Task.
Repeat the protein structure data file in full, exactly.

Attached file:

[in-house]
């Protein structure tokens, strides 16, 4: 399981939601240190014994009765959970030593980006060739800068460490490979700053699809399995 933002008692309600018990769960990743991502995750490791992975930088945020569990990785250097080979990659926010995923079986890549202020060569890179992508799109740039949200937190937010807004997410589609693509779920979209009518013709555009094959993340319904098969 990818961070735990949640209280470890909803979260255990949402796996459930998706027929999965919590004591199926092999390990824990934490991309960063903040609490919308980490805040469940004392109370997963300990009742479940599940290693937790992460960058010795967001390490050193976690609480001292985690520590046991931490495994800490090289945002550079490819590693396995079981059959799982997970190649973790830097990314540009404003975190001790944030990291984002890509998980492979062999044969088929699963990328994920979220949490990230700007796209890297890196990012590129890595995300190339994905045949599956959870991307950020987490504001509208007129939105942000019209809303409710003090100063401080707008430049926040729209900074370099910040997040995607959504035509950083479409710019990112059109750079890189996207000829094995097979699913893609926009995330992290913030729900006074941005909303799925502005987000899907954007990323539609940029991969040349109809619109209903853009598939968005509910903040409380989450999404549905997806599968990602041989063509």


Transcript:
[in-house]
């Protein structure tokens, strides 16, 4: 399981939601240190014994009765959970030593980006060739800068460490490979700053699809399995 933002008692309600018990769960990743991502995750490791992975930088945020569990990785250097080979990659926010995923079986890549202020060569890179992508799109740039949200937190937010807004997410589609693509779920979209009518013709555009094959993340319904098969 990818961070735990949640209280470890909803979260255990949402796996459930998706027929999965919590004591199926092999390990824990934490991309960063903040609490919308980490805040469940004392109370997963300990009742479940599940290693937790992460960058010795967001390490050193976690609480001292985690520590046991931490495994800490090289945002550079490819590693396995079981059959799982997970190649973790830097990314540009404003975190001790944030990291984002890509998980492979062999044969088929699963990328994920979220949490990230700007796209890297890196990012590129890595995300190339994905045949599956959870991307950020987490504001509208007129939105942000019209809303409710003090100063401080707008430049926040729209900074370099910040997040995607959504035509950083479409710019990112059109750079890189996207000829094995097979699913893609926009995330992290913030729900006074941005909303799925502005987000899907954007990323539609940029991969040349109809619109209903853009598939968005509910903040409380989450999404549905997806599968990602041989063509």